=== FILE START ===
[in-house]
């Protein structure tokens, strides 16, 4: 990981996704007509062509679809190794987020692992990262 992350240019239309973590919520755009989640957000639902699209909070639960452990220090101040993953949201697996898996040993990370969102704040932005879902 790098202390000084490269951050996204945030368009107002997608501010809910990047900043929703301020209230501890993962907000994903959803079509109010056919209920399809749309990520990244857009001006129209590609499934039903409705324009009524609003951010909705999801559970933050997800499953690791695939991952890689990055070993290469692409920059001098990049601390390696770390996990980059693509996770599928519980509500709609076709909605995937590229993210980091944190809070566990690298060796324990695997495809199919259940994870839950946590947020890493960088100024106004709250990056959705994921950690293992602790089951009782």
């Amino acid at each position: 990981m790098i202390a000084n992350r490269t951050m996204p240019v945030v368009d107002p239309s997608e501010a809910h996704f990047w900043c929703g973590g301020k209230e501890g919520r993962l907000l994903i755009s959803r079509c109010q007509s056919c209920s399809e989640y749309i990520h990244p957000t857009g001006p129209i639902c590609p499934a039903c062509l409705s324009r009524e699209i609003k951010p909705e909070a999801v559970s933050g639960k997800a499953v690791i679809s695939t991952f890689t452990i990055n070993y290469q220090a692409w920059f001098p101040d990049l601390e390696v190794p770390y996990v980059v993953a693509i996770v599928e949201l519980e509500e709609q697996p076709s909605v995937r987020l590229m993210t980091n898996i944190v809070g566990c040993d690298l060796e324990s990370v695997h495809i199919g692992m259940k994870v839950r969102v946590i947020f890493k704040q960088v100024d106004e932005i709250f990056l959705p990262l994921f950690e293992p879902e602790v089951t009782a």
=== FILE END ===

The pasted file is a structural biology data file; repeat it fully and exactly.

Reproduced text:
[in-house]
């Protein structure tokens, strides 16, 4: 990981996704007509062509679809190794987020692992990262 992350240019239309973590919520755009989640957000639902699209909070639960452990220090101040993953949201697996898996040993990370969102704040932005879902 790098202390000084490269951050996204945030368009107002997608501010809910990047900043929703301020209230501890993962907000994903959803079509109010056919209920399809749309990520990244857009001006129209590609499934039903409705324009009524609003951010909705999801559970933050997800499953690791695939991952890689990055070993290469692409920059001098990049601390390696770390996990980059693509996770599928519980509500709609076709909605995937590229993210980091944190809070566990690298060796324990695997495809199919259940994870839950946590947020890493960088100024106004709250990056959705994921950690293992602790089951009782």
């Amino acid at each position: 990981m790098i202390a000084n992350r490269t951050m996204p240019v945030v368009d107002p239309s997608e501010a809910h996704f990047w900043c929703g973590g301020k209230e501890g919520r993962l907000l994903i755009s959803r079509c109010q007509s056919c209920s399809e989640y749309i990520h990244p957000t857009g001006p129209i639902c590609p499934a039903c062509l409705s324009r009524e699209i609003k951010p909705e909070a999801v559970s933050g639960k997800a499953v690791i679809s695939t991952f890689t452990i990055n070993y290469q220090a692409w920059f001098p101040d990049l601390e390696v190794p770390y996990v980059v993953a693509i996770v599928e949201l519980e509500e709609q697996p076709s909605v995937r987020l590229m993210t980091n898996i944190v809070g566990c040993d690298l060796e324990s990370v695997h495809i199919g692992m259940k994870v839950r969102v946590i947020f890493k704040q960088v100024d106004e932005i709250f990056l959705p990262l994921f950690e293992p879902e602790v089951t009782a």